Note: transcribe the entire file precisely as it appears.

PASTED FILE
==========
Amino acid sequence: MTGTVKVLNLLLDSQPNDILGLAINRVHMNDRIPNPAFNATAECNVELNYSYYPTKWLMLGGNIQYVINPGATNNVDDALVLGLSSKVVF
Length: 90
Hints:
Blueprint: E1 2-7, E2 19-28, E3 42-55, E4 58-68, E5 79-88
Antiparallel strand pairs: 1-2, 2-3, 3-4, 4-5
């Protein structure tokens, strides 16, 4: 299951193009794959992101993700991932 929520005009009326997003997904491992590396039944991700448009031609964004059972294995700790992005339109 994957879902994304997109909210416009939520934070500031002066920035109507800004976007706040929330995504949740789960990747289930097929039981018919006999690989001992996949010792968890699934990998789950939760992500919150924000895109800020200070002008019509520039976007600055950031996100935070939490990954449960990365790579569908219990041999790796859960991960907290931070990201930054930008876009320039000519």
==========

Amino acid sequence: MTGTVKVLNLLLDSQPNDILGLAINRVHMNDRIPNPAFNATAECNVELNYSYYPTKWLMLGGNIQYVINPGATNNVDDALVLGLSSKVVF
Length: 90
Hints:
Blueprint: E1 2-7, E2 19-28, E3 42-55, E4 58-68, E5 79-88
Antiparallel strand pairs: 1-2, 2-3, 3-4, 4-5
């Protein structure tokens, strides 16, 4: 299951193009794959992101993700991932 929520005009009326997003997904491992590396039944991700448009031609964004059972294995700790992005339109 994957879902994304997109909210416009939520934070500031002066920035109507800004976007706040929330995504949740789960990747289930097929039981018919006999690989001992996949010792968890699934990998789950939760992500919150924000895109800020200070002008019509520039976007600055950031996100935070939490990954449960990365790579569908219990041999790796859960991960907290931070990201930054930008876009320039000519």